If CNN was around at the beginning of our history, the contents of this book are what we would have been watching as our nation's infrastructure, land grant universities, and ideals unfolded with an amazing cast of characters;Inventors, politicians, celebrities, scholars, business owners.
|Henry Ford, Thomas Edison, President Warren G. Harding, and |
businessman Harvey C. Firestone at one of a series of camping trips 1921 in Maryland.
|Photo of |
beside ivy-covered wall of new residence
by John Ross of
Seeing the photos and reading the stories of Edison, Ford, Firestone, and Burbank interacting with one another were fascinating, along with accounts of interations with the Wright brothers, Hellen Keller, Leland Stanford and other dignitaries of the day.
This book gives us insight into the running thread of history and agricultural policy decisions in the context of Darwin, Irish potato famine, poverty, American enthusiasm for inventions and ingenuity and the politics and emergence of the American academic institutions.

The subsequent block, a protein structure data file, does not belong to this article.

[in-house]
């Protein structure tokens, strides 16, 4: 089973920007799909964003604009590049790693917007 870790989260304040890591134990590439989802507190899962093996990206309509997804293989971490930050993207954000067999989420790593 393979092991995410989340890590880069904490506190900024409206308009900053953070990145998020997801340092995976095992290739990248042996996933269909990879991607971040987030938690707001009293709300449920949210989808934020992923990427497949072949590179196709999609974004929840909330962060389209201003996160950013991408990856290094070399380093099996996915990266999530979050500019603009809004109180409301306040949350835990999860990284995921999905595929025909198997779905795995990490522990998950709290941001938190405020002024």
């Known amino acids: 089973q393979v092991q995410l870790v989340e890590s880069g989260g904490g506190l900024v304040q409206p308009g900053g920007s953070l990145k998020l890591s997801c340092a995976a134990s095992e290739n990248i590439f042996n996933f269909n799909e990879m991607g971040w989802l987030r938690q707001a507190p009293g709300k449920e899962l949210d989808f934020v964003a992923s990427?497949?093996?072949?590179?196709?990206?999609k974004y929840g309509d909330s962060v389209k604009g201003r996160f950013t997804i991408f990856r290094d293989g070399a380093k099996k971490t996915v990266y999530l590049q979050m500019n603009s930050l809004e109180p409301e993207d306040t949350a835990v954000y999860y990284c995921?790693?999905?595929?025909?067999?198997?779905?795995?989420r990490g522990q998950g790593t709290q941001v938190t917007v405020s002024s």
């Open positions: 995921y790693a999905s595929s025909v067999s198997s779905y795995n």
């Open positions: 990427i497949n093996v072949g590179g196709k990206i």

So many of the debates and discussions are still relevant today, some ideals having come full circle. This book made history come alive in technicolor.
Decisions regarding plant patenting that Luther Burbank fought so hard for but did not see before his death, continue to evolve and were modified as recently as 1994.
We now see plant patenting issues discussed in response to the medical marijuana laws enacted by states. The pharmaceutical industry, the designated distributor of other medicines, is blocked in distribution, not only by drug laws but by plant patent laws.
How could I not know about Luther Burbank before reading this book? Arbor day was created in his honor and celebrated on his birthday. His birthplace resides "down the road" at Greenfield Village.
Certainly this book has been food for thought.